For a week or two there, Tony La Russa couldn't really do anything wrong.
Then the World Series comes along, and suddenly a few things started going wrong. At which point La Russa's predilection for micro-managing suddenly seemed an affliction rather than a gift. And suddenly it was easy for the second-guessers and the naysayers and the nattering nabobs to engage their reflexive negativity and skepticism.
"If he were such a genius," they said -- okay, maybe I said -- "why has he lost so many postseason games? Why has he lost so many postseason series?"
It's a funny thing, isn't it? We know that Tony La Russa ranks third on the all-time list for career managerial wins, and is going to pass No. 2-man John McGraw next season. But when it comes to La Russa's postseason record, mostly what we know is that in 33 years he's won two World Series.
That seems like not a lot, right? Two in 33 years?
Casey Stengel won seven World Series in 25 years.
Joe Torre won four World Series in 29 years.
Sparky Anderson won three World Series in 26 years.
Tommy Lasorda won two World Series in 21 years.
Tom Kelly won two World Series in 16 years.
Shoot, Cito Gaston won two World Series in 12 years.
All of those guys have more impressive World Series records -- championship records -- than TLR.
Ah, but that's only half the story.
Bobby Cox won one World Series in 29 years.
Whitey Herzog won one World Series in 18 years.
Earl Weaver won one World Series in 17 years.
So maybe it's not as easy as Tom Kelly and Cito Gaston made it look.
Still ... two in 33 years.
Hey, in 48 hours it might be three in 33 years. Which would look better. But still not great. Not compared to Joe Torre and Casey Stengel and Sparky Anderson, all of whom will have fewer career wins than La Russa but more World Series championships.
And in 48 hours it might still be two in 33 years. It might be two forever.
There are extenuations. Before the Wild Card Era, La Russa managed five postseason teams, and one of them won the World Series; that's the most likely outcome, based purely on chance. During the Wild Card Era (and before this season), La Russa's teams have been in the playoffs seven times, and won one World Series; again, according to chance that's the most likely outcome.
So La Russa's teams have no better or worse than we should have expected ... Except shouldn't we expect more from a Hall of Fame manager who's widely acknowledged as perhaps the smartest manager of his time. Shouldn't we expect more from someone who's been good enough to manage for 33 years, who's managed the players La Russa has managed?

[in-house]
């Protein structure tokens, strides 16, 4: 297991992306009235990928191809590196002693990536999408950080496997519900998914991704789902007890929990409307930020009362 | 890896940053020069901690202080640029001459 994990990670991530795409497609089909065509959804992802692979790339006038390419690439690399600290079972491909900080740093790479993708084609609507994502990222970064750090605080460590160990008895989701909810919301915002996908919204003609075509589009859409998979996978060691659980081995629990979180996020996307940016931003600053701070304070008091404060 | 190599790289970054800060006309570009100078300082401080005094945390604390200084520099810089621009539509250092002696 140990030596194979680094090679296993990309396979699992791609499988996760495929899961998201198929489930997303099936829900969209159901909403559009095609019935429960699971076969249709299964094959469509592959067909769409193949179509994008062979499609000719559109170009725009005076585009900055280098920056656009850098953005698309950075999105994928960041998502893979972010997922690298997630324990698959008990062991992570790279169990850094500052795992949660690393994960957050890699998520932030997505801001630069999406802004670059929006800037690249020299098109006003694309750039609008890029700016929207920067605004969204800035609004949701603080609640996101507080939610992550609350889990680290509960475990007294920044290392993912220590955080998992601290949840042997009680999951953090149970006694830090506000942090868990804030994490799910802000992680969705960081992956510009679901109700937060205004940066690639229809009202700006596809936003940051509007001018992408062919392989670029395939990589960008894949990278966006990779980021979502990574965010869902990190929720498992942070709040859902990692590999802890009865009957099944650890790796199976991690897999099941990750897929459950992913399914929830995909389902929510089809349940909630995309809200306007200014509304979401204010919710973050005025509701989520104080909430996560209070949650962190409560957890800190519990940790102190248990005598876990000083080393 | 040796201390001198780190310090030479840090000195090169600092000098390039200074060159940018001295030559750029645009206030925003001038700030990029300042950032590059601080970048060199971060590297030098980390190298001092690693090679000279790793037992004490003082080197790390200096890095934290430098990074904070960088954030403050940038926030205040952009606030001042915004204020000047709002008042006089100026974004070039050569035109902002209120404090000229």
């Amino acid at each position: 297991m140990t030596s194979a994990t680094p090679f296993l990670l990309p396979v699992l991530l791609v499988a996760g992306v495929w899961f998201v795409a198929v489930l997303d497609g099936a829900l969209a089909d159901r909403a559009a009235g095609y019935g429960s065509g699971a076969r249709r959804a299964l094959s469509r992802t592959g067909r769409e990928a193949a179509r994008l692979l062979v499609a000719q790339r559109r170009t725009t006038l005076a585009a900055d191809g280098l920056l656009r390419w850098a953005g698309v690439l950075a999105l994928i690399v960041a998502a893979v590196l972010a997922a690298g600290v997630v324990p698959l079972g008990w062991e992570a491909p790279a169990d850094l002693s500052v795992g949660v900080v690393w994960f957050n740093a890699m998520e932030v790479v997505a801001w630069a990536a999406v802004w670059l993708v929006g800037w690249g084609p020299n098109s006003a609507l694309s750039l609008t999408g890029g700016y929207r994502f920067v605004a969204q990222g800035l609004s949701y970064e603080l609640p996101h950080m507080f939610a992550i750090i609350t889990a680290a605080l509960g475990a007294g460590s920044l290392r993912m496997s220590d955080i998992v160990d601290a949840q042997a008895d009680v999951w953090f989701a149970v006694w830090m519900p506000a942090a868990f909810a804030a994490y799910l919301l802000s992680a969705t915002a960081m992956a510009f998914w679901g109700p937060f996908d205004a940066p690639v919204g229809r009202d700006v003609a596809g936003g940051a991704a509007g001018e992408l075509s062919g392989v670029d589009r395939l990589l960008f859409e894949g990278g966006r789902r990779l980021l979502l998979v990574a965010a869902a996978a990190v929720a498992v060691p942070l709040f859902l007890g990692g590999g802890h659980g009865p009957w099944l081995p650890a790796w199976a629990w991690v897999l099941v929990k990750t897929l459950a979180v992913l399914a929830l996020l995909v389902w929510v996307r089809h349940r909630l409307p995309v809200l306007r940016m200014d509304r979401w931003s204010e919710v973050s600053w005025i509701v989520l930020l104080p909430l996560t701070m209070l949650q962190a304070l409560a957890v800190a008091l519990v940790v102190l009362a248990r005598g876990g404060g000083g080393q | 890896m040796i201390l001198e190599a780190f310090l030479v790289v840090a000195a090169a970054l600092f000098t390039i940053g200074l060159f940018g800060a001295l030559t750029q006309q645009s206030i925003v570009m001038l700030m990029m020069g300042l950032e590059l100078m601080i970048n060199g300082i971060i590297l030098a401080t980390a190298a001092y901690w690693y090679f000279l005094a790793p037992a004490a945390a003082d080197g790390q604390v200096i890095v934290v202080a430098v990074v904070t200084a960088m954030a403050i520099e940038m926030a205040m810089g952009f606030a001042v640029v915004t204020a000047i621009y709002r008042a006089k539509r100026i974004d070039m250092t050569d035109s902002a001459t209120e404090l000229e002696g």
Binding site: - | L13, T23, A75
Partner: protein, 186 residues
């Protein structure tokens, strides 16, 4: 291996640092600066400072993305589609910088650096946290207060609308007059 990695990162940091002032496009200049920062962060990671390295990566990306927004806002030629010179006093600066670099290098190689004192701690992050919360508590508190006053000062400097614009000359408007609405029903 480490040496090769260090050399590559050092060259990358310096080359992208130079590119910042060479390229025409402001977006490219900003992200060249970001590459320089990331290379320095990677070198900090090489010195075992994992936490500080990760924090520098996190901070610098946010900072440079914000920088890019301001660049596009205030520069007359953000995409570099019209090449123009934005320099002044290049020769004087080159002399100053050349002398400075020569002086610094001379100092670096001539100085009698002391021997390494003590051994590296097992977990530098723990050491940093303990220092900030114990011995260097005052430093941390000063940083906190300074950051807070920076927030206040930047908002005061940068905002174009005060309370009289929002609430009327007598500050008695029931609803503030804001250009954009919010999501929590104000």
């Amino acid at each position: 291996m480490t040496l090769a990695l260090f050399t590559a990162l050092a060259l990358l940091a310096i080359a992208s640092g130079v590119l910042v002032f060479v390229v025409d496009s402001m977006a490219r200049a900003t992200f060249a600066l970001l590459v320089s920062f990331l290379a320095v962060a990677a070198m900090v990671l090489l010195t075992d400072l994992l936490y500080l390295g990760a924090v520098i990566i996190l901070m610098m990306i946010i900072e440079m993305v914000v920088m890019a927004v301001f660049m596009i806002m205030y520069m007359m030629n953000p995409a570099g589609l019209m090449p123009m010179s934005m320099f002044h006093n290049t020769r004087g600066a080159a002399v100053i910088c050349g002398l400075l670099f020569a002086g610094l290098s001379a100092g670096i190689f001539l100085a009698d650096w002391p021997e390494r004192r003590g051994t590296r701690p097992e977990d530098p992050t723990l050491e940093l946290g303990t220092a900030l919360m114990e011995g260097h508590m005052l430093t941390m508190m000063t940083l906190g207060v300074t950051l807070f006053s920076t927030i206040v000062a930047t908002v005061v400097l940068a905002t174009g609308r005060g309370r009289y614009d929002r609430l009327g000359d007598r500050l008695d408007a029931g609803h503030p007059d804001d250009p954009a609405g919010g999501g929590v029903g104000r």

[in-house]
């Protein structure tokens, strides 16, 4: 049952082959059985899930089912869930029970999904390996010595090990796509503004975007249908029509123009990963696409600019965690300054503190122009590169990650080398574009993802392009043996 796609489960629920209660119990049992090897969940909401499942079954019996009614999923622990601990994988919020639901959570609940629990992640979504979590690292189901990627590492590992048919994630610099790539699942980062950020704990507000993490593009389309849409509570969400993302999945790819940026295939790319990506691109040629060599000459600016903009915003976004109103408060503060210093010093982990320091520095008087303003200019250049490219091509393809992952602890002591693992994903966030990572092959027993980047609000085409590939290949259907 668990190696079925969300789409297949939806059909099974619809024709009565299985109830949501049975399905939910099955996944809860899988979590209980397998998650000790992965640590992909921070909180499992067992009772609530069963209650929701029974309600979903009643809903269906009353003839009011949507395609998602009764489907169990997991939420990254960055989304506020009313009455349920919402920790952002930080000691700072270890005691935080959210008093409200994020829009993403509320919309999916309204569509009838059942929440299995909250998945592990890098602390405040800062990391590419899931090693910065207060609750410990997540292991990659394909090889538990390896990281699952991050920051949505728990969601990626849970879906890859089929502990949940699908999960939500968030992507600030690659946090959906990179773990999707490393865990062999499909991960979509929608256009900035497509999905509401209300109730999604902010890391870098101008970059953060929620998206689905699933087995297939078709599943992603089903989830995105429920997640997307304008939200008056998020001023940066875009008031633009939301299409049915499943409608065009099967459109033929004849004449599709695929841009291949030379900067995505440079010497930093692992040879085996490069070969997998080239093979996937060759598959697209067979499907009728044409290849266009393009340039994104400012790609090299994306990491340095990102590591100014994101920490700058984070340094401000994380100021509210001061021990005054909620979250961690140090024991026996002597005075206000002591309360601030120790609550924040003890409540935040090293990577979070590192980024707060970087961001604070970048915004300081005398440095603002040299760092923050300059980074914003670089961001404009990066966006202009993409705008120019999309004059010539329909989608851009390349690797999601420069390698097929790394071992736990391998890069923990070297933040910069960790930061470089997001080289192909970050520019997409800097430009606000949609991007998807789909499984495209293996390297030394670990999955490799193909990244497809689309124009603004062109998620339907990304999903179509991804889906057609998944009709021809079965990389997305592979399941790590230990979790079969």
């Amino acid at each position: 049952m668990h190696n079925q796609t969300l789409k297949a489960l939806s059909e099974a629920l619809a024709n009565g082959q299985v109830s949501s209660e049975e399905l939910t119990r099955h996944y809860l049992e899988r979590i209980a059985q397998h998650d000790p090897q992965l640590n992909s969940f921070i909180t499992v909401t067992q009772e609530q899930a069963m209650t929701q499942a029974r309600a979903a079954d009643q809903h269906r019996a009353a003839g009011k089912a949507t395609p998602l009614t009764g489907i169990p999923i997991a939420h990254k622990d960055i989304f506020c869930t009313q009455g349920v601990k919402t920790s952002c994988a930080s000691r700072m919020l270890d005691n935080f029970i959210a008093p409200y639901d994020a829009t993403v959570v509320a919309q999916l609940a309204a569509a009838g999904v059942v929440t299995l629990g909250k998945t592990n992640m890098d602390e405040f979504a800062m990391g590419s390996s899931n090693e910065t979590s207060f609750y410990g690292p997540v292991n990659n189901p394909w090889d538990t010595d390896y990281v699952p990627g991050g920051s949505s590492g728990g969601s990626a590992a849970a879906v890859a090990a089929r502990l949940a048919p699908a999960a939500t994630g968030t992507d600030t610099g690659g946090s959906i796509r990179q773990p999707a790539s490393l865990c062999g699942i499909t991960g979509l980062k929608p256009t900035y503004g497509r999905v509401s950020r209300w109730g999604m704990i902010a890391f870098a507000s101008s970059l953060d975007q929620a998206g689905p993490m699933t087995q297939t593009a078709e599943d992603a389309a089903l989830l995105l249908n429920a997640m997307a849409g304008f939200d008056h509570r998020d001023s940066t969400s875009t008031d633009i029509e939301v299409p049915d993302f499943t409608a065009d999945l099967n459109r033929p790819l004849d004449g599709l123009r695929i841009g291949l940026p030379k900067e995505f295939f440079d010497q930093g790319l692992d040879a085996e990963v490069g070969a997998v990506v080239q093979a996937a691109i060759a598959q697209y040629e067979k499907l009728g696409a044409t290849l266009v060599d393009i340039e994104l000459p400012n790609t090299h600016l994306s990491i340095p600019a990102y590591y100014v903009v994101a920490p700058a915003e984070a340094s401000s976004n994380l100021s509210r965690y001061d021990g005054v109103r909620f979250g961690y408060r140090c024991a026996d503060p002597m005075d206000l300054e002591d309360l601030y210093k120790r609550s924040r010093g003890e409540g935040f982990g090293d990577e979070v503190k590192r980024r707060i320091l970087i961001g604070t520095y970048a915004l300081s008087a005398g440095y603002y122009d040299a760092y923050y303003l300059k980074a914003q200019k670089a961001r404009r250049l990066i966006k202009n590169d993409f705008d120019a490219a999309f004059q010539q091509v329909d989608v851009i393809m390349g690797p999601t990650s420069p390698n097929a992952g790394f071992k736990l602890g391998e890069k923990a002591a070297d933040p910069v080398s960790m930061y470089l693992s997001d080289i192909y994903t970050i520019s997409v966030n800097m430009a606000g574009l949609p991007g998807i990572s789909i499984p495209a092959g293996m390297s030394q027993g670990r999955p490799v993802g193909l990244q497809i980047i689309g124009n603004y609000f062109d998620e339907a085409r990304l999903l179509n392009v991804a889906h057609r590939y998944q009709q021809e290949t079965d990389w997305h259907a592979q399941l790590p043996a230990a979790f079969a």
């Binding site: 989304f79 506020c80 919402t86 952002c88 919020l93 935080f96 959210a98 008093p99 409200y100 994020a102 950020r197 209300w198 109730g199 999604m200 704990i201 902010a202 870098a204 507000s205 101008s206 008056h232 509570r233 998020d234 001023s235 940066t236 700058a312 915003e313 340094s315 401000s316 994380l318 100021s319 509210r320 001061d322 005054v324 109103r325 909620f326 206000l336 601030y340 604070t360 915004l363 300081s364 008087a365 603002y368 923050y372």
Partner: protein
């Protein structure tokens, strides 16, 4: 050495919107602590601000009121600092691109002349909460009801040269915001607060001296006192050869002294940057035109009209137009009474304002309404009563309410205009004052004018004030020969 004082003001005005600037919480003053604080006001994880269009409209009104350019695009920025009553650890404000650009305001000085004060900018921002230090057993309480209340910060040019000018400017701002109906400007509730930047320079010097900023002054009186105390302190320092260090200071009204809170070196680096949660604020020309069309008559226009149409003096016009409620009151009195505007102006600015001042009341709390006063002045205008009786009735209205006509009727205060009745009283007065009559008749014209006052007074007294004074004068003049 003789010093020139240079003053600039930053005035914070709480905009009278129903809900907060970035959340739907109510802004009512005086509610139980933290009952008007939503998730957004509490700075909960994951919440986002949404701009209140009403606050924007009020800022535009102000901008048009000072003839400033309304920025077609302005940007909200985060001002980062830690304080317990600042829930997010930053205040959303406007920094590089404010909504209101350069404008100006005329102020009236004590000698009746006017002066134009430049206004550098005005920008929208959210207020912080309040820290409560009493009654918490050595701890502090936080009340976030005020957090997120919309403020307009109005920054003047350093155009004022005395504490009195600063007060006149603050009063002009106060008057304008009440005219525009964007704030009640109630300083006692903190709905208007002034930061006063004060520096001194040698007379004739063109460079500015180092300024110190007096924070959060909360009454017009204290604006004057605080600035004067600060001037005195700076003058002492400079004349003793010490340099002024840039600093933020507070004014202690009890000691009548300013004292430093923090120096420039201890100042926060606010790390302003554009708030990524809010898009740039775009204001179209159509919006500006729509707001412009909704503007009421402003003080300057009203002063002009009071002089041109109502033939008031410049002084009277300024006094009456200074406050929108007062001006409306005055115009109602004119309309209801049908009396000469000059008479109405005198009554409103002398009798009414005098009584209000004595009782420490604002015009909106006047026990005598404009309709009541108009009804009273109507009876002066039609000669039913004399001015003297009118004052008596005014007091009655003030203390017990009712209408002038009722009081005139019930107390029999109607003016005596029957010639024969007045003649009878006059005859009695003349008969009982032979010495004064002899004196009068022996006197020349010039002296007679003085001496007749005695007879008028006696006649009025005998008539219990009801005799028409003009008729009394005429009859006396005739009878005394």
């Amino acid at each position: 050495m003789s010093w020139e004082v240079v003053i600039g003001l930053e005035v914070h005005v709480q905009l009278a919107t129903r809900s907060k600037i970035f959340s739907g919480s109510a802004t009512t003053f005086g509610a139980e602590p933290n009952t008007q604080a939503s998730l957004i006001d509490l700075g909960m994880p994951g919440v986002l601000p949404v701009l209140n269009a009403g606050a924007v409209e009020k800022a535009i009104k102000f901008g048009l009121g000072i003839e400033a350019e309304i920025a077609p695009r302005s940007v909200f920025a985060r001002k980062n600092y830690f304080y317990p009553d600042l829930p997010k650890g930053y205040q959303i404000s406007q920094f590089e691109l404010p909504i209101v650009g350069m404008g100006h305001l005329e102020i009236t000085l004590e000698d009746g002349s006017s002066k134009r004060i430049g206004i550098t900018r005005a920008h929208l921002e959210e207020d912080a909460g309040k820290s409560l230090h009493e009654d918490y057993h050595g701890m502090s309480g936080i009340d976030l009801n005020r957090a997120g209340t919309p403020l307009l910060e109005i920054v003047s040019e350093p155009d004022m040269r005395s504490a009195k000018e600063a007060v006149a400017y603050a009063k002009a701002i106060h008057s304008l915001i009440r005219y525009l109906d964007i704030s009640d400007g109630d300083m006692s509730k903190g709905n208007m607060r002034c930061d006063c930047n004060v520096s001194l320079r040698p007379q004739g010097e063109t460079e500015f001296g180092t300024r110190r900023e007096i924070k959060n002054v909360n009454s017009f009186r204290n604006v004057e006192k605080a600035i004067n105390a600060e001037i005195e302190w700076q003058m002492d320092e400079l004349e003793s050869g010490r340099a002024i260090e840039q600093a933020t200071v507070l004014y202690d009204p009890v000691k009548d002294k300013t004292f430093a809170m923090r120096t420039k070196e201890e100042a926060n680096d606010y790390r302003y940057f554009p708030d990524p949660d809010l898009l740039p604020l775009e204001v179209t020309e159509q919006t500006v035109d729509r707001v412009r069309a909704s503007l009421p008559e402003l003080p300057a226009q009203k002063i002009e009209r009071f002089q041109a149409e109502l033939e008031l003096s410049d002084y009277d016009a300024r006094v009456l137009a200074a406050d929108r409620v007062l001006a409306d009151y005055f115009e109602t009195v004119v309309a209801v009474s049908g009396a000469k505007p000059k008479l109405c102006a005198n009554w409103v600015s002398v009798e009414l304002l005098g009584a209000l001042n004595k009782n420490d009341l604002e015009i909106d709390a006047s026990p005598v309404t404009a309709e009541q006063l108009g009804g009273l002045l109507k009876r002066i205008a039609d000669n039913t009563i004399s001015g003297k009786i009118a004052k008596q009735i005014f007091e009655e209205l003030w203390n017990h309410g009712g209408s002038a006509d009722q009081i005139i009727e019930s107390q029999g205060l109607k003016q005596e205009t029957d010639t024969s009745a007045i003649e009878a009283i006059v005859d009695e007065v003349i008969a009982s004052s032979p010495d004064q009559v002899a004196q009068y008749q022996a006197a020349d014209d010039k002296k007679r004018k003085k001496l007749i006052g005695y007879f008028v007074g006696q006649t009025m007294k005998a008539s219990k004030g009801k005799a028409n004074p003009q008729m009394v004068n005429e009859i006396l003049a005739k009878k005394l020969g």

Has La Russa come close to winning more than two World Series? Actually, he's come strikingly not close. In the three World Series his teams have lost, they won exactly one game. His A's won a game against the Dodgers in 1988, were swept by the Reds in 1990, and his Cardinals were blanked by the Red Sox in 2004.
On the other hand, La Russa's Series wins have been just as lopsided. His A's swept the Giants in 1989, and his Cards swept the Tigers in 2006. Yeah, that's right: this year marks Tony La Russa's first World Series to last more than five games.
Why focus on World Series alone, though? Five World Series (before this one) and 21 games ... seems like a lot of games, but of course it's really not. What if we look at all the postseason games La Russa has managed? Wouldn't that give us a better read on his actual abilities? To whatever small degree we can do that?
And here's the thing ... Before this World Series, La Russa's teams have played in 25 postseason series. They won 15 of them.
That's really good.
Before this World Series, La Russa's teams played 116 postseason games, and won 64 of them. That's 55 percent.
That's really good, too.
One hundred and sixteen games still isn't a truly significant sample size, and La Russa's .552 winning percentage in those games still doesn't tell us much about La Russa that we didn't know already.
One thing it does tell us, though: Tony La Russa has been far from a postseason failure. He's won more than his fair share of postseason games, with a record perfectly in keeping with the rest of his career. The only thing that's missing is another World's Championship or two.